Sunday, March 29, 2009

Eichler Houses - Part 2

Extracted from Paul Adamson's articles in the Eichler Network newsletter
[My comments in blue]

Born in New York to European Jewish parents, Joseph Eichler received a business degree from New York University and started a career on Wall Street. After marriage to his wife Lillian, he began working for his in-laws' family-run poultry concern. The Eichlers moved to the West Coast in 1940, where Joe assumed the position of treasurer for the family business.

In 1942, Eichler rented a Frank Lloyd Wright house, known as the Bazett House, in Hillsborough from an Air Force pilot who was stationed overseas. The experience Eichler had living in this house would change his life. Eichler, who had been an admirer of Wright, now gained a deeper appreciation for his architecture. He was intrigued by the Bazett house and delighted in its spatial complexities -- the overlapping of exterior and interior, and the way daylight filtered in from so many directions, changing the mood of each room throughout the day. Three years of living in the Bazett house may very well have loosened Joe Eichler's spirit enough to allow him to feel his own internal stirrings for creative self-expression. So, when a scandal involving the family business forced Eichler to seek a new career, his experience in this house was in large part what inspired him to launch a home-building concern.

When the war ended, Eichler began his new venture, building prefabricated houses on individual lots. Over the next two years, Joe developed the company to the point where he was building small tracts. Meanwhile, no doubt thinking of his family's enjoyment of the Wright house during the war, Eichler sought out an architect to design them a new family home with a Modernist design. He settled on Robert Anshen, a young architect who, like many of his generation, could not help but be influenced by the work of Frank Lloyd Wright.

While Ashen was designing the Eichler family home [which was never built because Eichler's funds were insufficient for his architectural expectations], Anshen noted that Eichler was unsatisfied with the designs being used for his tract housing. Eichler's younger son, Ned, who would later join the business, recalls a conversation between Anshen and his father in which the architect criticized his work. "Joe," he asked, "how can someone like you, who loves real architecture, build this crap?"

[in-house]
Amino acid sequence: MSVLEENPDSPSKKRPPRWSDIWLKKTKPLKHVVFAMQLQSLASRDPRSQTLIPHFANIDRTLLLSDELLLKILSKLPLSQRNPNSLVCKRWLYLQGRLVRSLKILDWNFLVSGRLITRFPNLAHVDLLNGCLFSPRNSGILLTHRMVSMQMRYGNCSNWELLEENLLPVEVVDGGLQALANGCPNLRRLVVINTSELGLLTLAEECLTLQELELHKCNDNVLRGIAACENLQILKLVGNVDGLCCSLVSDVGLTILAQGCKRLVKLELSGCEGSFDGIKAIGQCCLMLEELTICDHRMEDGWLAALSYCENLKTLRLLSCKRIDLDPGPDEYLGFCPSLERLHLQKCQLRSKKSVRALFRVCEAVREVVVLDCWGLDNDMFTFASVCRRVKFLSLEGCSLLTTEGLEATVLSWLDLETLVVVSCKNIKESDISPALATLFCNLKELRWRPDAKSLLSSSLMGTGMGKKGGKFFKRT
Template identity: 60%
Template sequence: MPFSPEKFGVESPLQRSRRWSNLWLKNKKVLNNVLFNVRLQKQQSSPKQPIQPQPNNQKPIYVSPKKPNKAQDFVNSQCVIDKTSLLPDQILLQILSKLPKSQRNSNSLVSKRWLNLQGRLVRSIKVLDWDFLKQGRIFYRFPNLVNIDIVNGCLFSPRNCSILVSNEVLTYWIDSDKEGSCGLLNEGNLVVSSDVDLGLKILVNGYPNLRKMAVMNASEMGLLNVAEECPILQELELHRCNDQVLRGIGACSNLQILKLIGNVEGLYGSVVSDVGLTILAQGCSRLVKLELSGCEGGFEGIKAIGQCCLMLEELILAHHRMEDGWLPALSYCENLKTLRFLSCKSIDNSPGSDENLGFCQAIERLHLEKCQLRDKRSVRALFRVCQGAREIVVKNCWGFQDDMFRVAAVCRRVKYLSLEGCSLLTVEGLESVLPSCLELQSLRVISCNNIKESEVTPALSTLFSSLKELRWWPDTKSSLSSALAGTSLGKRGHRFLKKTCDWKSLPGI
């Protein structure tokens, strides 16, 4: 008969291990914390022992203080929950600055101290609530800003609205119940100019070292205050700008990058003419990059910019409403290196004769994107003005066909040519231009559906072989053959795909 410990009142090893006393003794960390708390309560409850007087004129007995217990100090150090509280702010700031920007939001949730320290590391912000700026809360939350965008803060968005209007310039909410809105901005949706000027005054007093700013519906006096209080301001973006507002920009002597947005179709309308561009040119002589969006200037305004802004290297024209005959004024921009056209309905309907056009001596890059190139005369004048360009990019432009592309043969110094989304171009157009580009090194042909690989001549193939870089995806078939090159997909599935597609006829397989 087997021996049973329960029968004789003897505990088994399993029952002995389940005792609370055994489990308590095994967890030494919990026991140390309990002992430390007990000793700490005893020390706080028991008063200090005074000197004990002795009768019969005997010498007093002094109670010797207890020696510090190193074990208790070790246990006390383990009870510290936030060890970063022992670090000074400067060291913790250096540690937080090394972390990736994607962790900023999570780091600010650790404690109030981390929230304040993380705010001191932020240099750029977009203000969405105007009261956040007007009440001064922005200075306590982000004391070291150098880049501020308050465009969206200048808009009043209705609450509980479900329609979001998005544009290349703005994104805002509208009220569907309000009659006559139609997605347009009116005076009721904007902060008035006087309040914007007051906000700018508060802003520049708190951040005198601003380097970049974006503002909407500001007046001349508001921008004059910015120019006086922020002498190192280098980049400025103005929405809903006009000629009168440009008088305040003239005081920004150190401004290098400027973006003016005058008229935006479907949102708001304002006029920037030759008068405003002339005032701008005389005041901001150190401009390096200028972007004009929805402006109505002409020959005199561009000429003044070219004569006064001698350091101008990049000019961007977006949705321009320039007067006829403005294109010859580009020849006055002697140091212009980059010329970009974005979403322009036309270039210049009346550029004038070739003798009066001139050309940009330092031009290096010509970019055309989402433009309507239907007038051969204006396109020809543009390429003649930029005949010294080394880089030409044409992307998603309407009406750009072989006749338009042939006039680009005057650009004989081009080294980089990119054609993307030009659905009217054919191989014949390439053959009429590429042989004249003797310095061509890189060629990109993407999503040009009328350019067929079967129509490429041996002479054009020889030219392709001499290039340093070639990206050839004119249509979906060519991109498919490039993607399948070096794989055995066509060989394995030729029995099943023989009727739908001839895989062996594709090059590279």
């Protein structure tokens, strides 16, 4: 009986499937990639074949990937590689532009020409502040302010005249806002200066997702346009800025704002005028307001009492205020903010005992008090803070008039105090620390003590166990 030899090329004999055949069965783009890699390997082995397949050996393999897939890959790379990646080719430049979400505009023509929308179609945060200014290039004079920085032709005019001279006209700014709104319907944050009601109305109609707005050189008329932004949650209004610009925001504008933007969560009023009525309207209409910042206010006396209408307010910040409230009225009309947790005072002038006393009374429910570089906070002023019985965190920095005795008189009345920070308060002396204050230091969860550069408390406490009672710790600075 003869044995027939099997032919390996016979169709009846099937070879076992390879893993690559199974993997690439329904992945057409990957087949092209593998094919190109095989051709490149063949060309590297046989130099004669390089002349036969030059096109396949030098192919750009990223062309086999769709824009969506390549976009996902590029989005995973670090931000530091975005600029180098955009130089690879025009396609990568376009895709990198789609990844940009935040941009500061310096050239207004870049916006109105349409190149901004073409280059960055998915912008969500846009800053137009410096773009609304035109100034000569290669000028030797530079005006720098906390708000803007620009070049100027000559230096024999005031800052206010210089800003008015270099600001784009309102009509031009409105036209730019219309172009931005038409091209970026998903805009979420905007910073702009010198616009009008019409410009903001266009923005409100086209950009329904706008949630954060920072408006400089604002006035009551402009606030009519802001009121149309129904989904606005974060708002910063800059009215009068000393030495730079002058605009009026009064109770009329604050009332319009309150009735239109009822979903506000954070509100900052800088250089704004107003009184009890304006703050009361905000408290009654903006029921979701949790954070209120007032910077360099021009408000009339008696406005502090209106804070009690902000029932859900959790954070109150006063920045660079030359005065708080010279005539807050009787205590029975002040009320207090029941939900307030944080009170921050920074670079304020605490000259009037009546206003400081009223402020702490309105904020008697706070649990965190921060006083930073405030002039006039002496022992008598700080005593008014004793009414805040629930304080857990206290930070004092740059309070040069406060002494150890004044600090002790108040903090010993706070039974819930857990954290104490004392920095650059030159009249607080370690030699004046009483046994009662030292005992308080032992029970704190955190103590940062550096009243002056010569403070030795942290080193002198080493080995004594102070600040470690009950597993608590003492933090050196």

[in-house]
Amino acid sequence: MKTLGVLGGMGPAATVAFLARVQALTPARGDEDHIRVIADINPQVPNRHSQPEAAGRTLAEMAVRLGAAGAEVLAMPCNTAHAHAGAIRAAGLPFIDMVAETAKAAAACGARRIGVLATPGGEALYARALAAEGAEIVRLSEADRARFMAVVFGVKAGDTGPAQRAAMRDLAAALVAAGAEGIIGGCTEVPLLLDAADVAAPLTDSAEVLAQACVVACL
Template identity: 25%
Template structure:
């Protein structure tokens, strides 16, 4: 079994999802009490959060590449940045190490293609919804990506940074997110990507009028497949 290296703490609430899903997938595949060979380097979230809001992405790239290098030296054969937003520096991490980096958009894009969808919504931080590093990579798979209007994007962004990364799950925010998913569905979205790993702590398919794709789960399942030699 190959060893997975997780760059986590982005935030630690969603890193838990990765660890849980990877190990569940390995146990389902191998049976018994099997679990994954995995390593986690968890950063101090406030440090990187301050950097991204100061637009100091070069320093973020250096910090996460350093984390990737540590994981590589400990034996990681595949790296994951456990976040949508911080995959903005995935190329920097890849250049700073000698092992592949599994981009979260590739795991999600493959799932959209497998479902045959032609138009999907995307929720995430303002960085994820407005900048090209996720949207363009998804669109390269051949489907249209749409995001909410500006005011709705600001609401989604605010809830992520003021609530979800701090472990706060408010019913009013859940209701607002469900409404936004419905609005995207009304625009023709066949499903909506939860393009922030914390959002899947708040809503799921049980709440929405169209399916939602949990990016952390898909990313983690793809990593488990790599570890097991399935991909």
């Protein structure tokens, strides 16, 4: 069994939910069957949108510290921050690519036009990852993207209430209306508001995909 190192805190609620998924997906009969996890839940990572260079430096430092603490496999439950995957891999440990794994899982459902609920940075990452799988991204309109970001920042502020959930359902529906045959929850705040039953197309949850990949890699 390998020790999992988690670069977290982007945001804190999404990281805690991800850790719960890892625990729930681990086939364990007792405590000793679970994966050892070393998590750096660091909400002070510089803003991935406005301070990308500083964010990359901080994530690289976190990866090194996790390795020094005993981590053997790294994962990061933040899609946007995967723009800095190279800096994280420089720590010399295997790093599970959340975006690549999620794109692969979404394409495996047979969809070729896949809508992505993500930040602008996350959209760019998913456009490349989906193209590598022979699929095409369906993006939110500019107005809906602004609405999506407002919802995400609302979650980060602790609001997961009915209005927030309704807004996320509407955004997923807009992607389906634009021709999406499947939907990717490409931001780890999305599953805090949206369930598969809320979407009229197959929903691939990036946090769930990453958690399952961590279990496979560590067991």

Anshen proposed that Eichler hire him to design a subdivision. Eichler at first dismissed the idea with a scowl, claiming Anshen lacked the discipline to design within the strict budgets required in merchant building. [The scowl was Eichler's customary expression. He was described as a hard guy to work for -- a demanding, arrogant, tough-talking, cigar-smoking New Yorker.] Later in 1949, however, it was agreed that Anshen would develop three prototypical designs for a 50-unit subdivision in Sunnyvale. That subdivision sold out in two weeks, and the national press hailed their success as a bold, new kind of tract house.

Eichler Homes, Inc. went on to build nearly 11,000 single-family homes in California, mainly in Northern California, where they can be found in areas in and around Marin county, the East Bay, San Mateo county, Palo Alto, Sunnyvale, San Jose, San Francisco, and Sacramento. As regional architecture especially suited for the Bay Area's benign climate, the Eichler house designs befuddled the traditional masses -- emphasizing boldness, change, and optimism through indoor-outdoor living, walls of glass, atriums, and radiant-heat floors.


From a late 1950s Eichler Homes, Inc. brochure:

Some of the most respected names in American industry are represented in the components of an Eichler Home. Armstrong cork floors cover the living area. Window walls of Pittsburgh crystal glass include Arcadia sliding glass door, the finest made, while the fully screened and weather-stripped windows are by Rusco. Kitchen and snack bar counters are covered with genuine Formica, heat and scratch resistant and easy to clean.

[Wow, genuine Formica! You won't find any imitation Formica in an Eichler home.]